Donald Trump; Kris Kobach (AP/Evan Vucci/Jacquelyn Martin)

Judge: Kris Kobach, vice chair of Trump's voter fraud commission, has been "misleading the Court"

A federal judge in Kansas upheld a fine against the vice chair of Trump's Election Integrity Commission


Charlie May
July 27, 2017 6:53PM (UTC)

A fine of $1,000 against the vice chair of President Donald Trump's Election Integrity Commission was upheld this week by a U.S. district judge. Kansas Secretary of State Kris Kobach was cited for a "pattern" of "misleading the Court" in cases that dealt with increased voter-ID restrictions in the state.

Kobach, who serves as the Trump commission's vice chair, appealed a fine that was issued earlier this year "for making 'patently misleading representations' to a federal court about a binder he was photographed carrying into a meeting with Trump late last year," the Post reported. "As the defendant in a lawsuit over Kansas’ strict citizenship requirements for first-time voter registrants, Kobach had initially refused to produce that document in court, arguing that it did not contain 'relevant information' to the case," the Washington Post reported. The fine was upheld this week by U.S. District Judge Julie Robinson who called Kobach's credibility into question.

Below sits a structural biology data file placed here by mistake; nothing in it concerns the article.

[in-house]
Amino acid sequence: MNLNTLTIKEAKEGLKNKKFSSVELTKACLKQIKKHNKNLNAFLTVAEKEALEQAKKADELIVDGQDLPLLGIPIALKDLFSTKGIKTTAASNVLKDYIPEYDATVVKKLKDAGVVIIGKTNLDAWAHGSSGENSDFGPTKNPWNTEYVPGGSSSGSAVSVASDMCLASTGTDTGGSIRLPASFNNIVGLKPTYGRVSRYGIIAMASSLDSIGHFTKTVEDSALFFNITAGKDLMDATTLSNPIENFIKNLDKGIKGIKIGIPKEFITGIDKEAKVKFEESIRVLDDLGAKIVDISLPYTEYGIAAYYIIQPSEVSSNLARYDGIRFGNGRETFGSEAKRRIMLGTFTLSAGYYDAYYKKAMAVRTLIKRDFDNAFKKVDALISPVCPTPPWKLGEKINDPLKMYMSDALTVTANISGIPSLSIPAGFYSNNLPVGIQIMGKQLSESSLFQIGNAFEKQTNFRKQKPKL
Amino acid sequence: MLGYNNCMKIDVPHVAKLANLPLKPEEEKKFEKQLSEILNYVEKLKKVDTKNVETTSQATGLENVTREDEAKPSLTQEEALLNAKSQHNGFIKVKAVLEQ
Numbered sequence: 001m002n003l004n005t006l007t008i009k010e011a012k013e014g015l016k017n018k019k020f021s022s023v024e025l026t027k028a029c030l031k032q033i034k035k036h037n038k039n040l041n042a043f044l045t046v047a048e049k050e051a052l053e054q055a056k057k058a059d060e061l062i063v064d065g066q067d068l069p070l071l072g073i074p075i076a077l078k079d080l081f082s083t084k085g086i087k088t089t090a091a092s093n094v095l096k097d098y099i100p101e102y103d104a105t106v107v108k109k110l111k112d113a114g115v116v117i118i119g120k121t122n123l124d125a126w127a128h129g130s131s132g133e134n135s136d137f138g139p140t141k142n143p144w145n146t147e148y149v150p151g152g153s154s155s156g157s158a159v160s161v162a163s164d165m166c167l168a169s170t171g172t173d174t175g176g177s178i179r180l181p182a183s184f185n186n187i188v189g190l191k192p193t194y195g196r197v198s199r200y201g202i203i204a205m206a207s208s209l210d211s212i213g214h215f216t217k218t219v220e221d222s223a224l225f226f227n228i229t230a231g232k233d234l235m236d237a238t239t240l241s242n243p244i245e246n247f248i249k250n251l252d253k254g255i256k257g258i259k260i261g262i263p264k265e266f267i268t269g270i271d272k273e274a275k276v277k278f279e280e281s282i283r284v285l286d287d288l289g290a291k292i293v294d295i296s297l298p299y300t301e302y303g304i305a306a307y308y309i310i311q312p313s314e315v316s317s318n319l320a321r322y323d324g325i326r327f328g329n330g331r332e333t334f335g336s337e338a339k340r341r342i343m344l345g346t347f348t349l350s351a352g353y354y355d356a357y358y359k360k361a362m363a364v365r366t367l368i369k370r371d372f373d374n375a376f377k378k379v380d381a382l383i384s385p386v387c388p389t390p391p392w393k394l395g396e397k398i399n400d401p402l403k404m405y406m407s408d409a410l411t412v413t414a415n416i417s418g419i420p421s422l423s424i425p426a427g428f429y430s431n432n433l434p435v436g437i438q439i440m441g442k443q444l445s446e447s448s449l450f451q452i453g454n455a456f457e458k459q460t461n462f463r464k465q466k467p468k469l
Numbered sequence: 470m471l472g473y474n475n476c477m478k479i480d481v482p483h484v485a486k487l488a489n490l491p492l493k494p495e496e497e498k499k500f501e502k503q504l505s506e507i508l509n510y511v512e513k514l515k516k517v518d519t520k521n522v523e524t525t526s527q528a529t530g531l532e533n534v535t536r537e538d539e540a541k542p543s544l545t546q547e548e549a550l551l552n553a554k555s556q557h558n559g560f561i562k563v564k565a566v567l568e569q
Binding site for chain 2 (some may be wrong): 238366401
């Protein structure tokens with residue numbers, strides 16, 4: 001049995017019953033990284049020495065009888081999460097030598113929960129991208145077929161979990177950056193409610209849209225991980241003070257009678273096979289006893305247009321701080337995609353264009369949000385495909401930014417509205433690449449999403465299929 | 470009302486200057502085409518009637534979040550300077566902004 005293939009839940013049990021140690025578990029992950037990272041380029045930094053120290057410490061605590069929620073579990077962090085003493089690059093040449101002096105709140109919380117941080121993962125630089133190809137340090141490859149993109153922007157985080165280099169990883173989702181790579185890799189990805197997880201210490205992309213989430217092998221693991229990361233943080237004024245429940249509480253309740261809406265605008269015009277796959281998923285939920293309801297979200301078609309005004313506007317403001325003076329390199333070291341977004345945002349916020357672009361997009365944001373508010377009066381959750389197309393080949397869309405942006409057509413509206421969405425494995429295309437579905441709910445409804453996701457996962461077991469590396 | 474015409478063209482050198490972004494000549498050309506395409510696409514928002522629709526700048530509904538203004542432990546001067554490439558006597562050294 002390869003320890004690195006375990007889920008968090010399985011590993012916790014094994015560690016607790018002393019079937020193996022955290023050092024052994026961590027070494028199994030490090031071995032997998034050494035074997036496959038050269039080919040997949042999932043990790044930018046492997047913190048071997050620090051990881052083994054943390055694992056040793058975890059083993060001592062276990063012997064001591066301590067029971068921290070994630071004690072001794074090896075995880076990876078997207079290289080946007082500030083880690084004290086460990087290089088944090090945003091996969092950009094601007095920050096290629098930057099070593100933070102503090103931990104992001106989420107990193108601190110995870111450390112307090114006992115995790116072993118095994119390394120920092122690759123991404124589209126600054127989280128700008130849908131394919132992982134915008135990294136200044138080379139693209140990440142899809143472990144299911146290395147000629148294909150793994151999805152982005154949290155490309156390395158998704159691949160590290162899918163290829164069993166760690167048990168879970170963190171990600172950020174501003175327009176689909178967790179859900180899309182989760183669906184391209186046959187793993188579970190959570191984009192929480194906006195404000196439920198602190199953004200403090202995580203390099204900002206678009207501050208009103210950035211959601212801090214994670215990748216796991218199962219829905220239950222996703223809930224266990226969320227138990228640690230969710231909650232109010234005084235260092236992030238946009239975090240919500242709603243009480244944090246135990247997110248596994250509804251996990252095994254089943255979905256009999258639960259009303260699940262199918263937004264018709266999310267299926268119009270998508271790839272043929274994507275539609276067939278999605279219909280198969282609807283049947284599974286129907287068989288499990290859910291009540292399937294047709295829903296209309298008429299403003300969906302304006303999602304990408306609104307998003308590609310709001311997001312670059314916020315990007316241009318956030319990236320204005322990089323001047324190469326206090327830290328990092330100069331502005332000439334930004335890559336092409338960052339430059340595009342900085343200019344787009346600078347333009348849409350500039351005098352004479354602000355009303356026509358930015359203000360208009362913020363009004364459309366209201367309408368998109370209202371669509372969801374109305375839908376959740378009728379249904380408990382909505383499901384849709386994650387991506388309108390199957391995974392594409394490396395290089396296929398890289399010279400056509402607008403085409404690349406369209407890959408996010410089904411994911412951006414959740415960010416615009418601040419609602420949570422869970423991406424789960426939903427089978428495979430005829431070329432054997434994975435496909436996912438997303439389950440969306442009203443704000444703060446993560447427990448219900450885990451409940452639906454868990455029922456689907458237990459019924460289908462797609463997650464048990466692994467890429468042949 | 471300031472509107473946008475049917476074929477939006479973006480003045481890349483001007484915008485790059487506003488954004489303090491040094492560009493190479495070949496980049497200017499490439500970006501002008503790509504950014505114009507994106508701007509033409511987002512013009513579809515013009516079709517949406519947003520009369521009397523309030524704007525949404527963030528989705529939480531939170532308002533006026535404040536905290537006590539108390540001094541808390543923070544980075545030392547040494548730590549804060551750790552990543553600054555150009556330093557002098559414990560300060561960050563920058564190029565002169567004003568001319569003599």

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"Robinson cites several other misleading statements Kobach made to the court in the ACLU case, regarding class-action certification and the court’s ruling on a prior procedural question," the Post reported. "Indeed, his assertion in this motion for review that his editing explanation was fairly raised before Judge O’Hara in the first instance is precipitously close to unsupportable," Robinson explained in her ruling. "While these examples do not form the basis for any sanctions award imposed by Judge O’Hara, they do demonstrate a pattern, which gives further credence to Judge O’Hara’s conclusion that a sanctions award is necessary to deter defense counsel in this case from misleading the Court about the facts and record in the future," Robinson continued.

Trump's commission has been rife with controversy since its inception and stacked with voter suppression architects. The commission is also investigating the president's ludicrous claims that he lost the popular vote because millions of people voted illegally, which he has shown zero evidence of. After the Trump administration requested voter information from all states, 5,000 registered voters in Colorado withdrew their registration. The Denver Post reported that there is no evidence that they were ineligible to participate in the voting process.

N.A.A.C.P. Legal Defense and Educational Fund's Sherrilyn Ifill explained in Salon on Thursday why her group recently filed a federal lawsuit against the group. Read more here.


Charlie May

Charlie May is a news writer at Salon. You can find him on Twitter at @charliejmay

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